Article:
With Monica Lewinsky as producer, narrator and self-proclaimed “patient zero” for its premise, “15 Minutes of Shame” is a thought-provoking if slightly scattered documentary, one that looks at the nastiness of online culture, its tendency toward snap judgments and the havoc that can wreak on lives of ordinary people.
Author Jon Ronson, who wrote the book “So You’ve Been Publicly Shamed,” speaks of “social media justice,” and the way the net has become what Lewinsky dubs “a breeding ground for outrage and ridicule.”
Director Max Joseph then proceeds to illustrate the dangers of that — and knee-jerk responses that shame people, sometimes based on flimsy or incomplete evidence — designed to feed digital platforms built around algorithms that favor hostility and amplify the loudest and harshest voices.
Coming amid recent reporting about Facebook, It’s a sobering if not entirely novel observation, one that Joseph explains through a series of case studies, including two from the height of the pandemic: Matt Colvin, the Tennessee man who appeared to monopolize the market for hand sanitizer during the early days of the pandemic in a New York Times piece; and Laura Krolczyk, the New York health-system employee who unleashed a torrent of abuse with an online post about Trump supporters giving up claims to ventilators, for which she was fired.
If you don’t remember those stories, “15 Minutes of Shame” makes clear that the people involved still do, in some cases feeling the ramifications long after. Cultural historian Tiffany Watt-Smith points to the power of schadenfreude, with people delighting in others’ misfortune and righteously seeking to exact retribution.
Throughout, the documentary makes a compelling case that society is “drowning” in this bitter stew, pouncing on and punishing perceived offenders, as author Roxanne Gay observes, in a way that too often lacks nuance. “We fell in love with this new power too much,” she says.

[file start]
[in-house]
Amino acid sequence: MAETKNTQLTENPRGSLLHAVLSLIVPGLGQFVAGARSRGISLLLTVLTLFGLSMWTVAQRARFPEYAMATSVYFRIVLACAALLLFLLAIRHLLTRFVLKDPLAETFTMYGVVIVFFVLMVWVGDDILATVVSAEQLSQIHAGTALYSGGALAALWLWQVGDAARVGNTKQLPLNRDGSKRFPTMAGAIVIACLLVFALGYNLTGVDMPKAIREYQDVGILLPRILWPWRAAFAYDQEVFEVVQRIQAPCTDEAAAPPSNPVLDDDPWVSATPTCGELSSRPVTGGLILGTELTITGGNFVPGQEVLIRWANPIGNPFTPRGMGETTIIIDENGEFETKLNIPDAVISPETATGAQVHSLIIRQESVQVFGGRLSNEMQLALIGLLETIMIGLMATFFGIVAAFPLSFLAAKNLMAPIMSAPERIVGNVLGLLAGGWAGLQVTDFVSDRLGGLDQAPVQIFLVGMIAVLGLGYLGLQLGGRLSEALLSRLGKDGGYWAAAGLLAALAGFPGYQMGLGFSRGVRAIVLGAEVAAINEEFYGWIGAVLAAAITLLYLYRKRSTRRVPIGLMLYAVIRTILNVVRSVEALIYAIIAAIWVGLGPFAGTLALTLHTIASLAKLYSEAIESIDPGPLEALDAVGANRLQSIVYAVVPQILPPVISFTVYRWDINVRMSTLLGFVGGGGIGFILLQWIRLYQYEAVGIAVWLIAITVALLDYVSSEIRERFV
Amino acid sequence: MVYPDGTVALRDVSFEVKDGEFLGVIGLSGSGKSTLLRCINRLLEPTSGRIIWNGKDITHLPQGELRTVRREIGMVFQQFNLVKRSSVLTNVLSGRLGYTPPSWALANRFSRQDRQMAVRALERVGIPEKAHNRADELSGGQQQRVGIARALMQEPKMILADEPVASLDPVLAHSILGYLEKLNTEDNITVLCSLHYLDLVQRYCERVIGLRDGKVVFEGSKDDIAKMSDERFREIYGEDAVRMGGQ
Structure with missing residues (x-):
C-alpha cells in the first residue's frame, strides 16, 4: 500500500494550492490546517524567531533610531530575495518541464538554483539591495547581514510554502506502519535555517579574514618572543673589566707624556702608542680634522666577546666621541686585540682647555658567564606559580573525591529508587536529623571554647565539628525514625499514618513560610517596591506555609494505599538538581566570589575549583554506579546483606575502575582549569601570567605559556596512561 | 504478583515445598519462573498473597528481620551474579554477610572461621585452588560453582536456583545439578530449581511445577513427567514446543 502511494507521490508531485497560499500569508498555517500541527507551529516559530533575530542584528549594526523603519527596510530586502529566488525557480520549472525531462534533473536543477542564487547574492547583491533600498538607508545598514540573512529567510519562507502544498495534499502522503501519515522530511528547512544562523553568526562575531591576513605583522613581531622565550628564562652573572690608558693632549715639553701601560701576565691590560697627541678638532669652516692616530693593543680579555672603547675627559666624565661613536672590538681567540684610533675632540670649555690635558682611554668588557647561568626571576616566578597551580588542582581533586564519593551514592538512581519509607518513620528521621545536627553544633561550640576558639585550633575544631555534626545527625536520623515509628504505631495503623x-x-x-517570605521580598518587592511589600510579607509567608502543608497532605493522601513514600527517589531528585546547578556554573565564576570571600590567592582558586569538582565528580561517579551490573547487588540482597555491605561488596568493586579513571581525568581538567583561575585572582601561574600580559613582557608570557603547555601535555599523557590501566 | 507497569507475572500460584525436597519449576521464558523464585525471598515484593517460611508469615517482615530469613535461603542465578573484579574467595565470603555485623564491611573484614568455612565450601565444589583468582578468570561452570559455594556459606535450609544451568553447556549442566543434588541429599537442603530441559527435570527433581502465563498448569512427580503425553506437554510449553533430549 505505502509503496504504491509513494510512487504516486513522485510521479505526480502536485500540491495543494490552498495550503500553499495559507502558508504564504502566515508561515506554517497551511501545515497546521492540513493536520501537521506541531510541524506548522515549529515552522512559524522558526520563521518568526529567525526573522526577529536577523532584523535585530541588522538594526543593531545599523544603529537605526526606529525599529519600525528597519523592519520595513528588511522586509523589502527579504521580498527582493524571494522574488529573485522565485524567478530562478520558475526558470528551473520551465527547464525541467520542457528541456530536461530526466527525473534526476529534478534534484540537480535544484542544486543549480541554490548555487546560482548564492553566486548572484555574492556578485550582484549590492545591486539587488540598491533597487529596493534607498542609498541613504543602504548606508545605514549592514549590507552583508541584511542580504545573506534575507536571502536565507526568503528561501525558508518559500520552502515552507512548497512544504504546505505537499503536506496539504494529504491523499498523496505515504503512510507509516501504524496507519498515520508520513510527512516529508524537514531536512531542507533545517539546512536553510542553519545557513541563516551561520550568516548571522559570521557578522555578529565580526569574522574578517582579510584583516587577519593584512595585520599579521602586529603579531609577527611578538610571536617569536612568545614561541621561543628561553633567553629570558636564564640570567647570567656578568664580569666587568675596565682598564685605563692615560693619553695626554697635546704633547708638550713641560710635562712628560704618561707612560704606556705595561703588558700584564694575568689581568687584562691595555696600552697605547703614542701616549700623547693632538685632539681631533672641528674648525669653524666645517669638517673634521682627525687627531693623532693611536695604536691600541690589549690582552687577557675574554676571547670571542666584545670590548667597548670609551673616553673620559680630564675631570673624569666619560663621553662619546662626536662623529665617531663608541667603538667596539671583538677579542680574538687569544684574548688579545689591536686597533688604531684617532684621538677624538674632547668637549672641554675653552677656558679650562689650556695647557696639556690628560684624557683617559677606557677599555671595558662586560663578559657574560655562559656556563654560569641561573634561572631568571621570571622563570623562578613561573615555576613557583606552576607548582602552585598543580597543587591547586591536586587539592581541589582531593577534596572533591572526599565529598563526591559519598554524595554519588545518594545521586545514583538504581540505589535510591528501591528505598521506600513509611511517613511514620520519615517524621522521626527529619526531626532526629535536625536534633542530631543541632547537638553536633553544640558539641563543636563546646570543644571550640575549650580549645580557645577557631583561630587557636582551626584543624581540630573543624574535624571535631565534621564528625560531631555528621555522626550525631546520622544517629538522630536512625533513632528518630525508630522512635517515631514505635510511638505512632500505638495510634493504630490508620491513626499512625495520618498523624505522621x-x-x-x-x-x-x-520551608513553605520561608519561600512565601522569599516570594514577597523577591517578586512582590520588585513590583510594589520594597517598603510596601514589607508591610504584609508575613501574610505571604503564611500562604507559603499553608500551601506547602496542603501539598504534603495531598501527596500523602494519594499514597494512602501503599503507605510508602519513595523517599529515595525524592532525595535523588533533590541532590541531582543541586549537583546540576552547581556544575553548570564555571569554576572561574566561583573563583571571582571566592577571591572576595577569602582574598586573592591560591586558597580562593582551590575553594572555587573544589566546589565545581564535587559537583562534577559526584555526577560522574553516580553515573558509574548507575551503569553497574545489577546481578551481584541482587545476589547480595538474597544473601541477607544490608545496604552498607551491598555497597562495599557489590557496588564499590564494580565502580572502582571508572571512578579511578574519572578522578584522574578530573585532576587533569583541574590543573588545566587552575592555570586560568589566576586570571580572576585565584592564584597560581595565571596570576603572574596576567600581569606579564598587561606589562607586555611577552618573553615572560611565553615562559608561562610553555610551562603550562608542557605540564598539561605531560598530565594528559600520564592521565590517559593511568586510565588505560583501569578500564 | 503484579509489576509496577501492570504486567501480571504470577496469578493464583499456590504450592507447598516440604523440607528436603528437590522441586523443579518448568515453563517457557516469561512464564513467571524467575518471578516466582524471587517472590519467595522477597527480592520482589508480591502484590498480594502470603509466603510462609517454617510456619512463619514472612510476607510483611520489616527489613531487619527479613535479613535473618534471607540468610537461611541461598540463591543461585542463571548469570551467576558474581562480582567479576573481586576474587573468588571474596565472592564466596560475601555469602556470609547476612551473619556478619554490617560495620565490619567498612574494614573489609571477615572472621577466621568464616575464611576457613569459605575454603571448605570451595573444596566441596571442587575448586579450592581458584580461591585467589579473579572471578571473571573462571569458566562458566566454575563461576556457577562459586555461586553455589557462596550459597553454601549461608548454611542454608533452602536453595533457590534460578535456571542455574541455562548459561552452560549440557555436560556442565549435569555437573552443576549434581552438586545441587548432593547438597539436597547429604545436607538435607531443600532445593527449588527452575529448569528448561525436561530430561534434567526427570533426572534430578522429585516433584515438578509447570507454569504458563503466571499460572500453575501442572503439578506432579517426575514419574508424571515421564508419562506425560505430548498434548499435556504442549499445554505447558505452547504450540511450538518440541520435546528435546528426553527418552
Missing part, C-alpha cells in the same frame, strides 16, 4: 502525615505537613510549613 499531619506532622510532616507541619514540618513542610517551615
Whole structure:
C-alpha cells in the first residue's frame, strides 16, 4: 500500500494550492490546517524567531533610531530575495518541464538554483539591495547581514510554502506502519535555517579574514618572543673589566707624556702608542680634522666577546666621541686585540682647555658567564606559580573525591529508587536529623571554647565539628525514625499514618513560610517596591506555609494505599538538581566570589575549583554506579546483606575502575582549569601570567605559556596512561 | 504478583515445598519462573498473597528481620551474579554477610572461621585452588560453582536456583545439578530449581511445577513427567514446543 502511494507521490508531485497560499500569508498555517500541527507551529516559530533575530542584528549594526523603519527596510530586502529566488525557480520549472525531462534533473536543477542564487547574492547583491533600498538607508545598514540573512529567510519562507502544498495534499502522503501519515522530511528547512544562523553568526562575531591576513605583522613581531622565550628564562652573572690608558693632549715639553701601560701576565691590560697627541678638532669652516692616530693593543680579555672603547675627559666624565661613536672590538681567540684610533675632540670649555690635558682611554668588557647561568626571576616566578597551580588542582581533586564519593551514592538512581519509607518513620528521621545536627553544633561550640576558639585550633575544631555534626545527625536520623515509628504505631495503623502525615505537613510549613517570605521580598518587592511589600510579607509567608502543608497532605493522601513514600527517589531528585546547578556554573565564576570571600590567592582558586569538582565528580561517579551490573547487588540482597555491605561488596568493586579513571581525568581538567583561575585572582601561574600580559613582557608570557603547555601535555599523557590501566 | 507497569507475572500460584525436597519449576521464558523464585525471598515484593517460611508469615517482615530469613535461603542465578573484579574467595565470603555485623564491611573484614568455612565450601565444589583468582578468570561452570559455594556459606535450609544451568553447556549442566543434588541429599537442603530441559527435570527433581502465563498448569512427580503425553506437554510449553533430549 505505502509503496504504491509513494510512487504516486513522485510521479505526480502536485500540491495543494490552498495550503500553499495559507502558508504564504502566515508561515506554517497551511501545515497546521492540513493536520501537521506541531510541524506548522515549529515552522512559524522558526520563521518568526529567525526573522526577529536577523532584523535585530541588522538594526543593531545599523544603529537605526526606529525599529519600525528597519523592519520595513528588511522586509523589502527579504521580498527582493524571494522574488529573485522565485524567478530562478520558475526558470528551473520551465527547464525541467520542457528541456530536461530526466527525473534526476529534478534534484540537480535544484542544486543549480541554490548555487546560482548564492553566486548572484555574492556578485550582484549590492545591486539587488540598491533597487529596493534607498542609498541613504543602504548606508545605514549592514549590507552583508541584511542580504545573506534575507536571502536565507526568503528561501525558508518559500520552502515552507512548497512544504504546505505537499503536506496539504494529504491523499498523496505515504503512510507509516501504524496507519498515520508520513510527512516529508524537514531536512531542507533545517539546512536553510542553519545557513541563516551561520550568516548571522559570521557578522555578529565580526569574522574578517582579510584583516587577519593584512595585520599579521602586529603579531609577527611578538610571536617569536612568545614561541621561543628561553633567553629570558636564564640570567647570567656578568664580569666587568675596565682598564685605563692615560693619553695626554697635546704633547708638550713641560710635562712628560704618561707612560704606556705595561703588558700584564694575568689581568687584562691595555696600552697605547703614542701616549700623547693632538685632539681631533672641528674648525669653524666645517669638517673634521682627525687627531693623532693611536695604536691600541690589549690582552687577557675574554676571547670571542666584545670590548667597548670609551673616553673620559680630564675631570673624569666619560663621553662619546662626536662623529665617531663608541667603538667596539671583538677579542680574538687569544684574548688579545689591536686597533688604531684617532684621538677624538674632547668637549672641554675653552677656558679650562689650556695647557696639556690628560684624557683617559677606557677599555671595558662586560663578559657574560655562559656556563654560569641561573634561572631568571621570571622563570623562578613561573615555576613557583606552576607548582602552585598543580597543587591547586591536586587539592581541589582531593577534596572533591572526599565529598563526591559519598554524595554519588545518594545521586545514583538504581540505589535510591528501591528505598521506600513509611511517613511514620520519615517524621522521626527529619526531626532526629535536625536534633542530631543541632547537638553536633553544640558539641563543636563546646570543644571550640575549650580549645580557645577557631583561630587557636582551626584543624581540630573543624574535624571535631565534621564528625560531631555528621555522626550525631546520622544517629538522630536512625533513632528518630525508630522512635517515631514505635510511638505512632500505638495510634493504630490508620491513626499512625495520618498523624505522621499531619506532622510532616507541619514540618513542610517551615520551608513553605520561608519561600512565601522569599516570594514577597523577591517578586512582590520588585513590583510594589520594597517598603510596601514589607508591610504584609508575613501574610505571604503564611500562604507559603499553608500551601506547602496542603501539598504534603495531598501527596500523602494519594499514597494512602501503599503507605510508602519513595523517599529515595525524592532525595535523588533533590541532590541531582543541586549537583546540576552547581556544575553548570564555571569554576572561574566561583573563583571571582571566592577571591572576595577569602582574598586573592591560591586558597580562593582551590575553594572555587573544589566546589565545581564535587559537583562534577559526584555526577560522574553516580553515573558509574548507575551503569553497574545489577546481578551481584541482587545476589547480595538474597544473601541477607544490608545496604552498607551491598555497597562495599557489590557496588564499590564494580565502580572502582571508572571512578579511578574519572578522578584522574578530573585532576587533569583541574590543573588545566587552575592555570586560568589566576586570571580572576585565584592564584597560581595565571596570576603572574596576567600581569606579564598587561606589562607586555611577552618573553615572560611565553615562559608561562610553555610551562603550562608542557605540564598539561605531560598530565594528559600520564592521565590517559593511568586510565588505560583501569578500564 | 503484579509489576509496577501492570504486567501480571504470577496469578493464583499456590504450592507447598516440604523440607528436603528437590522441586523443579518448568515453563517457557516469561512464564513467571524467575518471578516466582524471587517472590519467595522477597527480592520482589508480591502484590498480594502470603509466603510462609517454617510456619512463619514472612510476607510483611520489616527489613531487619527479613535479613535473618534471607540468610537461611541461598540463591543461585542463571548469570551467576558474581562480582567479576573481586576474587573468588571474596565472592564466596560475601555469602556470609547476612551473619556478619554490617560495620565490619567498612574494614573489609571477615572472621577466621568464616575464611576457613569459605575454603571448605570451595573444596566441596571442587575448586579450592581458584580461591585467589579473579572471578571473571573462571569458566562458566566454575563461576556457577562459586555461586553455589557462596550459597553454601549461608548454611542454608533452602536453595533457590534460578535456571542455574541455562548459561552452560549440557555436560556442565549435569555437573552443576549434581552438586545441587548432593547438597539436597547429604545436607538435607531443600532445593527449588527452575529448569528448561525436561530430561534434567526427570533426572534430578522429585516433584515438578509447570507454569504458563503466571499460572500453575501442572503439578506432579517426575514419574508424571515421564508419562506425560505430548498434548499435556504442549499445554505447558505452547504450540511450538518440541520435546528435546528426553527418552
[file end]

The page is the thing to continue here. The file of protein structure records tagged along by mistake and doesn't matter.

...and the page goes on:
One issue that this HBO Max presentation can’t entirely address is that some examples of shaming seem wholly justified. The problem is that digital vigilantes don’t always make important and necessary distinctions, which can lead to miscarriages of that aforementioned justice and turn truth into a casualty.
The documentary functions as an unofficial companion to a separate project on which Lewinsky served as a producer, “Impeachment: American Crime Story,” the FX miniseries that sympathetically looks back at the publicity ordeal she endured during the Clinton impeachment saga.
In one of the more sobering points from “15 Minutes of Shame,” it’s noted that sites like Twitter thrive on conflict, basically assuming the role of the third kid on the playground yelling “Fight!” when two classmates square off.
There’s no denying that the digital playground can be a rough, unforgiving environment. Whether “15 Minutes” merits 90 minutes of viewing to absorb that generally self-evident lesson could be another matter, but at its best, it’s a reminder to slow down and look both ways before joining in the latest media pile-on.
“15 Minutes of Shame” premieres Oct. 7 on HBO Max, which, like CNN, is a unit of WarnerMedia.
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